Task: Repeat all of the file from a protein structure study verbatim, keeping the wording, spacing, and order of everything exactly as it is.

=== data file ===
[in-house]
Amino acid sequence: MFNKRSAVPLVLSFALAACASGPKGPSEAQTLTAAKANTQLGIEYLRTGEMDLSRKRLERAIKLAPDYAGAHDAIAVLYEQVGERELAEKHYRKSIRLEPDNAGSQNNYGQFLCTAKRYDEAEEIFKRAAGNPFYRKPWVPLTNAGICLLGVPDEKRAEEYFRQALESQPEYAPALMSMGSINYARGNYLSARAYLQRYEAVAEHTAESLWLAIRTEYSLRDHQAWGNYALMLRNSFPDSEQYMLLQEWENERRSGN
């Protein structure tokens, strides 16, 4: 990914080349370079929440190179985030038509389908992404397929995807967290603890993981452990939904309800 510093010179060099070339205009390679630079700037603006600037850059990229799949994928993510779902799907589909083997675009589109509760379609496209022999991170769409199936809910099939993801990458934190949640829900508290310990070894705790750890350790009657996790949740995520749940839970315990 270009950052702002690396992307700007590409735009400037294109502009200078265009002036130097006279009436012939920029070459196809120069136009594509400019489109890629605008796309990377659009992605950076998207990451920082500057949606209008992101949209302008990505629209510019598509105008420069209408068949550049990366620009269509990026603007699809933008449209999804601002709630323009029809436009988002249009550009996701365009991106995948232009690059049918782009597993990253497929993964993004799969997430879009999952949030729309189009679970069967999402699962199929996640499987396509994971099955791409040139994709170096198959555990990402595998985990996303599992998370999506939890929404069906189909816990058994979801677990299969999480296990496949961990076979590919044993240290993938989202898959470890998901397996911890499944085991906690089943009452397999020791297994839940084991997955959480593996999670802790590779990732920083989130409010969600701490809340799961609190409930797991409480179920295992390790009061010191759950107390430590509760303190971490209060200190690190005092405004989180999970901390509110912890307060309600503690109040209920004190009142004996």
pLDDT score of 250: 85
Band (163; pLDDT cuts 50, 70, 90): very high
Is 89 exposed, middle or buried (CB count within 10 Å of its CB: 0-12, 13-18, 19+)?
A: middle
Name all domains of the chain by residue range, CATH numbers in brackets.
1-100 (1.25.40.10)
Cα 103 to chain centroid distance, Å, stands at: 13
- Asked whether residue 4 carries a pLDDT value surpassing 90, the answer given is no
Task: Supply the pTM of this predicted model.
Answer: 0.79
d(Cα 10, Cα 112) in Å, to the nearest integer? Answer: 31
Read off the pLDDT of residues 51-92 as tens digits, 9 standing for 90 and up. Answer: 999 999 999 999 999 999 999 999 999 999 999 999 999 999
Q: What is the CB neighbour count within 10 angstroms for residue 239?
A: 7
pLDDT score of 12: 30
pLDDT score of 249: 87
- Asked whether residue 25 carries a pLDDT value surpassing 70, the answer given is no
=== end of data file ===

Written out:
[in-house]
Amino acid sequence: MFNKRSAVPLVLSFALAACASGPKGPSEAQTLTAAKANTQLGIEYLRTGEMDLSRKRLERAIKLAPDYAGAHDAIAVLYEQVGERELAEKHYRKSIRLEPDNAGSQNNYGQFLCTAKRYDEAEEIFKRAAGNPFYRKPWVPLTNAGICLLGVPDEKRAEEYFRQALESQPEYAPALMSMGSINYARGNYLSARAYLQRYEAVAEHTAESLWLAIRTEYSLRDHQAWGNYALMLRNSFPDSEQYMLLQEWENERRSGN
């Protein structure tokens, strides 16, 4: 990914080349370079929440190179985030038509389908992404397929995807967290603890993981452990939904309800 510093010179060099070339205009390679630079700037603006600037850059990229799949994928993510779902799907589909083997675009589109509760379609496209022999991170769409199936809910099939993801990458934190949640829900508290310990070894705790750890350790009657996790949740995520749940839970315990 270009950052702002690396992307700007590409735009400037294109502009200078265009002036130097006279009436012939920029070459196809120069136009594509400019489109890629605008796309990377659009992605950076998207990451920082500057949606209008992101949209302008990505629209510019598509105008420069209408068949550049990366620009269509990026603007699809933008449209999804601002709630323009029809436009988002249009550009996701365009991106995948232009690059049918782009597993990253497929993964993004799969997430879009999952949030729309189009679970069967999402699962199929996640499987396509994971099955791409040139994709170096198959555990990402595998985990996303599992998370999506939890929404069906189909816990058994979801677990299969999480296990496949961990076979590919044993240290993938989202898959470890998901397996911890499944085991906690089943009452397999020791297994839940084991997955959480593996999670802790590779990732920083989130409010969600701490809340799961609190409930797991409480179920295992390790009061010191759950107390430590509760303190971490209060200190690190005092405004989180999970901390509110912890307060309600503690109040209920004190009142004996």
pLDDT score of 250: 85
Band (163; pLDDT cuts 50, 70, 90): very high
Is 89 exposed, middle or buried (CB count within 10 Å of its CB: 0-12, 13-18, 19+)?
A: middle
Name all domains of the chain by residue range, CATH numbers in brackets.
1-100 (1.25.40.10)
Cα 103 to chain centroid distance, Å, stands at: 13
- Asked whether residue 4 carries a pLDDT value surpassing 90, the answer given is no
Task: Supply the pTM of this predicted model.
Answer: 0.79
d(Cα 10, Cα 112) in Å, to the nearest integer? Answer: 31
Read off the pLDDT of residues 51-92 as tens digits, 9 standing for 90 and up. Answer: 999 999 999 999 999 999 999 999 999 999 999 999 999 999
Q: What is the CB neighbour count within 10 angstroms for residue 239?
A: 7
pLDDT score of 12: 30
pLDDT score of 249: 87
- Asked whether residue 25 carries a pLDDT value surpassing 70, the answer given is no